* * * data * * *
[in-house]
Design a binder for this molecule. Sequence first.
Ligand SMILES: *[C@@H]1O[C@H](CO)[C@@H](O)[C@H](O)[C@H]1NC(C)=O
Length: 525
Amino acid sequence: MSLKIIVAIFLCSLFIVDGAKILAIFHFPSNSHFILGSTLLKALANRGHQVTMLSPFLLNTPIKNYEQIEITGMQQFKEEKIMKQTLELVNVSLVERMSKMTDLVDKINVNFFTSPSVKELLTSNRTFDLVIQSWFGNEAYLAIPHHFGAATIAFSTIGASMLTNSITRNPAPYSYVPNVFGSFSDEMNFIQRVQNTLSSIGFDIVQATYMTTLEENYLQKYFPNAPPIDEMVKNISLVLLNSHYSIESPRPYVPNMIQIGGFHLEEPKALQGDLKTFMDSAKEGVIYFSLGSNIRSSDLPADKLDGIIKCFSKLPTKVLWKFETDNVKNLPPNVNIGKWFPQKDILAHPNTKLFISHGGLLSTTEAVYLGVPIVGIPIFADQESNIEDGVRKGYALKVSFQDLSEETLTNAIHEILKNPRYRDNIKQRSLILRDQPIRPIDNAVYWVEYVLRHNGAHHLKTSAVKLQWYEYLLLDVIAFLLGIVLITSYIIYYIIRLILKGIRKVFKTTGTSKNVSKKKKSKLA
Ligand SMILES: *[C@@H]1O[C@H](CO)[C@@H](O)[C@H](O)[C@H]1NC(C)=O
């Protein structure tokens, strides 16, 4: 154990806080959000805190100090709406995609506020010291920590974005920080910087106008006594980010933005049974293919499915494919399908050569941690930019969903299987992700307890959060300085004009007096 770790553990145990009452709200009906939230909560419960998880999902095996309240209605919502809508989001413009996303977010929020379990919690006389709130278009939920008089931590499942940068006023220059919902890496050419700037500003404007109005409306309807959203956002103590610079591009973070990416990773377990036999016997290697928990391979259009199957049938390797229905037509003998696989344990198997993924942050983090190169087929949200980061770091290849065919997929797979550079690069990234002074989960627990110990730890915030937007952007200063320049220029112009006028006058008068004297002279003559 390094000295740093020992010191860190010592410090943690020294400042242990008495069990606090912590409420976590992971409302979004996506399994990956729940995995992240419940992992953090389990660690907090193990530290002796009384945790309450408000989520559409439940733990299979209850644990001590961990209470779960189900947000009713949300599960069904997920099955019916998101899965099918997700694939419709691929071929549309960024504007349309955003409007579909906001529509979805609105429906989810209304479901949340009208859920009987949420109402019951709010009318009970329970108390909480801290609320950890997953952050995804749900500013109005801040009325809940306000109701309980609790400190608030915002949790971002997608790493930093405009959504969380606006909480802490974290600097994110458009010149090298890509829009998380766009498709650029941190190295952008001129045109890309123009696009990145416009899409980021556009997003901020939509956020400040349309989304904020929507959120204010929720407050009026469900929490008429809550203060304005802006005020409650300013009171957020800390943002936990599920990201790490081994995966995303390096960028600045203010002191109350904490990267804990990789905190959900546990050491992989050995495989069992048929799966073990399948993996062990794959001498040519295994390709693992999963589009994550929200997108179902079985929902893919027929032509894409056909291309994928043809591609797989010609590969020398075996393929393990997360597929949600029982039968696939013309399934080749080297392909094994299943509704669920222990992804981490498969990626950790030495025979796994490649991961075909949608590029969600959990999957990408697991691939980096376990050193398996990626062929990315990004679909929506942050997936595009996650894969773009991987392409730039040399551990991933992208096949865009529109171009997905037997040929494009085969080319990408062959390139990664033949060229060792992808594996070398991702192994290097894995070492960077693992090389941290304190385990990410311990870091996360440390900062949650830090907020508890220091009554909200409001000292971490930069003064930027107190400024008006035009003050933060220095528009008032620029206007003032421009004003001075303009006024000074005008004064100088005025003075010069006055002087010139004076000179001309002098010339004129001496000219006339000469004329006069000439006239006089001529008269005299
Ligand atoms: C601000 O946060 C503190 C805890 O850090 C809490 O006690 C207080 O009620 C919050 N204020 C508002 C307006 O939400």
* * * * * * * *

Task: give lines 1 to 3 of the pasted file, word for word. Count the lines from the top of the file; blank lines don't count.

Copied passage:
[in-house]
Design a binder for this molecule. Sequence first.
Ligand SMILES: *[C@@H]1O[C@H](CO)[C@@H](O)[C@H](O)[C@H]1NC(C)=O